3 April 2020

COVID–19 Questions and Answers

Rhonda Sherriff, NZACA Clinical Advisor

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1) Can we up-skill our Registered Nurses in Venepuncture techniques (taking blood samples) if laboratories can no longer visit our facilities to take blood samples?

Answer: Registered Nurses can take blood providing they have received full education, training and proven competency.

Some DHBs and training facilities have online venepuncture education available for staff to study. Providing there are competent trainers to teach, provide practical demonstrations, observe the RN’s practice and sign them off as competent, then they can perform this procedure. This may be advantageous if laboratories cut services to aged care facilities during the COVID-19 outbreak.

2) I have two employees (Caregivers) who are over 70 and as fit as a fiddle. They have told me  they will remain at home because the Government has said that everyone over 70 has to stay at home. I query this as the Government have also said that they would be asking retired nurses and doctors to work again. It puts me in a very difficult situation as far as having enough staff on the floor. I would really appreciate your thoughts on this matter.

Answer: Many managers are facing the exact same problem as yourself with staff over 70 choosing not to  work, resigning, or getting doctors medical certificates to put themselves off work during Alert Level 4.

The Government’s announcement that people over 70 were more at risk of contracting COVID-19 due to weaker immunity is adding further difficulties for management to staff their facilities.

Firstly, I recommend that you review your employment contract to ensure you are completely familiar with the employment clauses that would pertain to this particular situation.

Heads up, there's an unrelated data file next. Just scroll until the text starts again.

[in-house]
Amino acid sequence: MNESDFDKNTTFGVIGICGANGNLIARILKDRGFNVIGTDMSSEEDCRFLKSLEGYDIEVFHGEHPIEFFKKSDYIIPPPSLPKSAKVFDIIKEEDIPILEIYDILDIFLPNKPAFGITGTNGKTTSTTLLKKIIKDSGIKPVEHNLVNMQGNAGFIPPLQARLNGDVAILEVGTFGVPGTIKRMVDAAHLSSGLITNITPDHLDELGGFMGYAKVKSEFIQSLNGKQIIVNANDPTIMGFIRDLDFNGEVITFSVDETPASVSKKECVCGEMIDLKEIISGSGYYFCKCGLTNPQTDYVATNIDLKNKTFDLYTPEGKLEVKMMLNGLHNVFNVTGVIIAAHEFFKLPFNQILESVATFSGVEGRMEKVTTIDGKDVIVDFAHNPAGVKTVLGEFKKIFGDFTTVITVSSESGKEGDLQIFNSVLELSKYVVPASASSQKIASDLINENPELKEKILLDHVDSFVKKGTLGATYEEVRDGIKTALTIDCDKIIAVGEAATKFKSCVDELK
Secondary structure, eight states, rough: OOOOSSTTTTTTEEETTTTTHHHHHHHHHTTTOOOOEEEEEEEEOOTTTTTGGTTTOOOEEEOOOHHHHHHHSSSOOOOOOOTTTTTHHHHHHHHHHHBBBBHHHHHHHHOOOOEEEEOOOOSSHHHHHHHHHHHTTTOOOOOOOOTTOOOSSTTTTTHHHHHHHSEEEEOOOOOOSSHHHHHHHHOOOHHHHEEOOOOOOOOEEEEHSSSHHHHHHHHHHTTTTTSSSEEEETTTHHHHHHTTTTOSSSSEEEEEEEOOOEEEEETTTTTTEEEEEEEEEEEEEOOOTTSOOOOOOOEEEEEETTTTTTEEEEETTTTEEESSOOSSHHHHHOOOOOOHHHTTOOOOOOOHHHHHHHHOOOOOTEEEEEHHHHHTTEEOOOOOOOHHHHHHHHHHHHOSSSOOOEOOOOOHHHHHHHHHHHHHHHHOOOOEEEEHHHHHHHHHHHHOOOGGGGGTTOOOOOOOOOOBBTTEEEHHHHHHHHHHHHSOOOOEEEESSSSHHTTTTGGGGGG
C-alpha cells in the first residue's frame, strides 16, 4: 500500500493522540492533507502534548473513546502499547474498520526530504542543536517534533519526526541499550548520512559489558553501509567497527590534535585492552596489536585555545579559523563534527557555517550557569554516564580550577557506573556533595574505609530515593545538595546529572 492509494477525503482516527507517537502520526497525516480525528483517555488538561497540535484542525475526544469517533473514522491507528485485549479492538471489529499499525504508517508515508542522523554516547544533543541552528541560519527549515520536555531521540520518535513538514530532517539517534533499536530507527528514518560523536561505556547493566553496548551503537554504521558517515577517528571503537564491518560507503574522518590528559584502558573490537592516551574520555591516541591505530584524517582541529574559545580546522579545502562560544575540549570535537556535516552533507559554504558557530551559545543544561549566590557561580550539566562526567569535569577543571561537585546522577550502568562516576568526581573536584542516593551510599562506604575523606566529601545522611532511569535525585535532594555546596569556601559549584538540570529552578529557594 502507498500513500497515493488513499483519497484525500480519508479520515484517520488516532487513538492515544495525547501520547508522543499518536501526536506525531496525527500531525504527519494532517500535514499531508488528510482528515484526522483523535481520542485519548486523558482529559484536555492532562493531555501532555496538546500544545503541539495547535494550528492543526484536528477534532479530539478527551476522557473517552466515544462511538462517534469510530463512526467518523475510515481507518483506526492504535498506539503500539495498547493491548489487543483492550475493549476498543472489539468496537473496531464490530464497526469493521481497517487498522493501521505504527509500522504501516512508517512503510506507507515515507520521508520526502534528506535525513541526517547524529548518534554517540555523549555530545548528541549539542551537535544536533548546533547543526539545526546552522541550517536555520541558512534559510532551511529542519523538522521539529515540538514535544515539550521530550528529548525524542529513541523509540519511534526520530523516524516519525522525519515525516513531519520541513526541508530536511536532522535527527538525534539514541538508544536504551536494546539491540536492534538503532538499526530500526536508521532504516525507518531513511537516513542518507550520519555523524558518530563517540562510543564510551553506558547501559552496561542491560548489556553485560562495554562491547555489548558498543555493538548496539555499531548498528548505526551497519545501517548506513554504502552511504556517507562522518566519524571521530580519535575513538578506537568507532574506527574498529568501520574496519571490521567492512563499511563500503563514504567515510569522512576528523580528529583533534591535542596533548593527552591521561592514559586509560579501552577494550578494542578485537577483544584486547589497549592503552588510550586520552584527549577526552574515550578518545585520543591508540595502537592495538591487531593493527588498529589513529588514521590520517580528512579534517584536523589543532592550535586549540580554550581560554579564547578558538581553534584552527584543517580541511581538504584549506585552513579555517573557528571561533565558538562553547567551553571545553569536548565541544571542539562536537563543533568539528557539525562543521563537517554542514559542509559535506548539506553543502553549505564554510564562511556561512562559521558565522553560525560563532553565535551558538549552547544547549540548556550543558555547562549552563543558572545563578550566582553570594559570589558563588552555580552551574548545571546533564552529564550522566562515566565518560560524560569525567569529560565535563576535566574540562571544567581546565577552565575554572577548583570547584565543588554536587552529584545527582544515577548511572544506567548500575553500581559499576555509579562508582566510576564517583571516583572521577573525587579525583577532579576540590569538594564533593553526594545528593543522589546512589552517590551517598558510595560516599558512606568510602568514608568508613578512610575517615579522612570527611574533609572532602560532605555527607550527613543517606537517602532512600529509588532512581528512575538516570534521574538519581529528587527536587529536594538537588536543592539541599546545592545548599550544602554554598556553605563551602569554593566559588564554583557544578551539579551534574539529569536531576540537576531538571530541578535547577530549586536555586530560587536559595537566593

I suggest that you speak individually with each of your two staff members to ascertain their thoughts, fears and concerns, and be able to provide a level of support/understanding. Assure them that you will do all you can to protect them whilst working in the facility, should they then choose to carry on working.

If they have a health condition, then they will be required to present a medical certificate for the time frame they will be off on sick leave. Ultimately it is their decision to determine whether they wish to continue working in a health
setting, but they need to ensure they follow employment practice and don’t just abandon their employment. Communication will be paramount in this atypical situation.

Further Answer to Question 2 – information supplied to the NZACA by Barrister Wendy Aldred, Stout Street Chambers:
The Government has announced a new COVID-19 payment that will be available to essential businesses for essential workers from Monday 6 April 2020 when the details will be made available. This new payment is intended to support essential workers who have to stay at home to comply with public health guidance, and whose employers are unable to keep paying them. ARC employers will be able to access this payment.

The Health and Safety at Work Act 2015 applies to all workplaces, and all persons conducting a business or undertaking (PCBUs) (which will include the operators of rest homes) are required by the Act to take all reasonably practicable steps to keep workers safe. Workers also have a right to refuse to work if they reasonably believe their work to be unsafe. Any person over 70 and any person with an underlying health condition who has a doctor’s opinion saying they should not be at work during the COVID-19 situation has a reasonable claim to not be safe at work in the present circumstances. That is confirmed by the Government’s general advice to all vulnerable persons to stay at home to avoid the risk of contracting the virus. An employer requiring any vulnerable person to come to work would be likely held to be in breach of their obligations under the law and could be the subject of significant penalties under the health and safety legislation.

Rhonda Sherriff, NZACA Clinical Advisor, is available for members to seek clinical advice between 9.00am and 5.00pm Monday to Friday (excluding public holidays) on 0800 445 200 or helpline@nzaca.org.nz.

Rhonda Sherriff
NZACA Clinical Advisor

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